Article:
Welcome Service Tirol

The Welcome Service Tirol is the first point of contact for Tyrolean companies and universities and their international, highly qualified employees.

© Standortagentur Tirol

Sie or du

First of all, there are no official rules in the Tyrol for using the personal “du” or the polite “Sie” forms of address. The question of which is “correct” or usual is complicated and depends on a number of factors.

But the following will serve as a general guide:

  • At the workplace: In the Tyrol, too, there is a tendency today to flatten the hierarchies in the Tyrol (verbally, at least), and the “du” form is now being used increasingly when addressing superiors. This applies to both small family businesses and large companies with complex hierarchies. But it is always best to leave the decision to your superior! It is not a good idea to use the “du” form with your superiors at the very first meeting (whatever their position in the hierarchy) without being invited to do so. Conversely, it is not advisable to use the polite “Sie” form with superiors who have suggested you say “du” to them. It is a similar situation with regard to colleagues at the workplace: It is better to start off with “Sie” and wait to see what is standard practice in the organisation. In most cases the answer will become clear the first time you are introduced to your colleagues or when they introduce themselves to you: Are first names or surnames being used? You should also bear in mind that there are organisation or workplaces where the form of address is not always the same, i.e. employees say “du” to those colleagues they are on friendly terms with and “Sie” to the rest. 
  • In everyday situations, public offices, shops, restaurants, etc.: In an urban setting, the polite “Sie” form of address is still prevalent when speaking to strangers (customers, guests, members of the public). So people will tend to say “Sie” to you in public offices, shops, restaurants, etc. (except in places with a young clientele, such as fashion stores, bars, clubs, etc), and the correct, polite response for you is to say “Sie” in return. Outside the cities, the situation is different. In rural areas, it is quite normal to be addressed as “du” and to use the “du” form in return. In very touristy areas (and there are quite a few in the Tyrol), a distinction is often made in the form of address between guests and locals.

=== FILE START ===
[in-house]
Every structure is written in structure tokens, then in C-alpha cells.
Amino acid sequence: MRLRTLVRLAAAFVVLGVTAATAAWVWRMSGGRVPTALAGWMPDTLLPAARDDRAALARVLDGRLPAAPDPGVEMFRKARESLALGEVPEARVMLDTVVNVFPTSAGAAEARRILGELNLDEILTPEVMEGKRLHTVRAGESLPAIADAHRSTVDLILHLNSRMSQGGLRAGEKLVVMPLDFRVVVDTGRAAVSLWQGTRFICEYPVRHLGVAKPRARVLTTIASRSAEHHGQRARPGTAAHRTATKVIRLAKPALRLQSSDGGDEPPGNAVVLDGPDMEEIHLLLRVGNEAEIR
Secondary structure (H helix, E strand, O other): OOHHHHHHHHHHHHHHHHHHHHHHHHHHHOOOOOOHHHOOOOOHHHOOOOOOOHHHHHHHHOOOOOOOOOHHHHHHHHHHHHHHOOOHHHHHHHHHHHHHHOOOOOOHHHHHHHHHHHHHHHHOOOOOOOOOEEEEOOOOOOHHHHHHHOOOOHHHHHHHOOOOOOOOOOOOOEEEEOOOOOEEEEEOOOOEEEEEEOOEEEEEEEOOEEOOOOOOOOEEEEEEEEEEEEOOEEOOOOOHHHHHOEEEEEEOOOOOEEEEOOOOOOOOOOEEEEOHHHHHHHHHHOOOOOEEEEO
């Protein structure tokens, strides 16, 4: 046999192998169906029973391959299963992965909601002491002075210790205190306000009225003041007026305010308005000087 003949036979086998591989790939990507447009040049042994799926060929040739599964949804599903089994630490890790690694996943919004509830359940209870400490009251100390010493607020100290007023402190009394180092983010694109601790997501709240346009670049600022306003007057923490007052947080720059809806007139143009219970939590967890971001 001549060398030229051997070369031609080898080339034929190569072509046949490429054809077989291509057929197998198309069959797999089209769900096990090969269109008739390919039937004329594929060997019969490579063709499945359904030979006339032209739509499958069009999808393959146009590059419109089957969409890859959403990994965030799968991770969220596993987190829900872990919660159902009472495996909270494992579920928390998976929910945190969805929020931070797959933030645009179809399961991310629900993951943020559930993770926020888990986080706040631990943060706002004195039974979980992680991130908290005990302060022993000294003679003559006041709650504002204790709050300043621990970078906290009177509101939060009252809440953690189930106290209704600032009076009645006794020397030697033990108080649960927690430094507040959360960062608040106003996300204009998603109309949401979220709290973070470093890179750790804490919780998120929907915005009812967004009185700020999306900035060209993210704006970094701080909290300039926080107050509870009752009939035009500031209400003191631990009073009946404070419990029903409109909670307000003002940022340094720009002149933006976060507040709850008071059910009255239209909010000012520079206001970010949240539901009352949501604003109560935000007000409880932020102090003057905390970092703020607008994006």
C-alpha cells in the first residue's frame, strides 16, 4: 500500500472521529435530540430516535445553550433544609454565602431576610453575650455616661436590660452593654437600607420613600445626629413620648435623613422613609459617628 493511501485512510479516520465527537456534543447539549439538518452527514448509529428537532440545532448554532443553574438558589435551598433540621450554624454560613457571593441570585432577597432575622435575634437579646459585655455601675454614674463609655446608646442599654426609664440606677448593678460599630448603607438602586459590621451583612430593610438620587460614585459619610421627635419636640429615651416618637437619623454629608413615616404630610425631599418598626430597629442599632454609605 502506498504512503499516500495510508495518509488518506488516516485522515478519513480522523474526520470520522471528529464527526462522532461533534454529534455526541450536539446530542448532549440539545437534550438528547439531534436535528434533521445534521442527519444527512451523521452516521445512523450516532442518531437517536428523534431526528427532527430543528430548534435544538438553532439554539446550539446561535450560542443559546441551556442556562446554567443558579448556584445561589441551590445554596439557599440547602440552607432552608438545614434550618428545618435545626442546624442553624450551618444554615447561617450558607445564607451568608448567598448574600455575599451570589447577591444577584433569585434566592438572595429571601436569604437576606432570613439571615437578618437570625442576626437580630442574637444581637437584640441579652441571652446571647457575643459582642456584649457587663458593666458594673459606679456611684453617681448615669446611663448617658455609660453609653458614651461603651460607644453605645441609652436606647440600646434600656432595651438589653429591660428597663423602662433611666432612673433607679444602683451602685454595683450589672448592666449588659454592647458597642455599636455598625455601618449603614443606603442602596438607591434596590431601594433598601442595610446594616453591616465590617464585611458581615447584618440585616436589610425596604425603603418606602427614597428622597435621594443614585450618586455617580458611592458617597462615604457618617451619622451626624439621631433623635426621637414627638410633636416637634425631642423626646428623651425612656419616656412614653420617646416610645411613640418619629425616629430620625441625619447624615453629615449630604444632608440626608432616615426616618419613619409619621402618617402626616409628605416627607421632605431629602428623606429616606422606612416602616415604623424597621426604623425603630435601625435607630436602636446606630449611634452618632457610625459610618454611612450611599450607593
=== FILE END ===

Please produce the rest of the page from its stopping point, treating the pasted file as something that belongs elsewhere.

• Between people of different ages: Probably the simplest “rule” here is that the older person is entitled to determine the form of address. When dealing with people who are older than yourself (except in very private contexts or in rural areas as mentioned above), it is common to stick to the “Sie” until the older person invites you to say “du”. If the difference in age is not so clear, you are probably less likely to go wrong with an overly formal “Sie” than with a premature “du”.
  • On the mountains: In many blog posts you are told that walkers should greet one another at altitudes above 1,300 metres. The precision of such a “rule” makes it unpractical and hard to check. In more general terms, however, we can say: On a busy path, greeting all oncoming walkers is not a must. But the more exposed and remote the terrain, the more customary it is to greet the people you meet. And it is one of the few generally accepted “rules” that you may use the “du” form on the mountain. 

And last but not least: Don't worry too much, the subject is not that important! Above all, we wish you that you meet many nice people in Tyrol!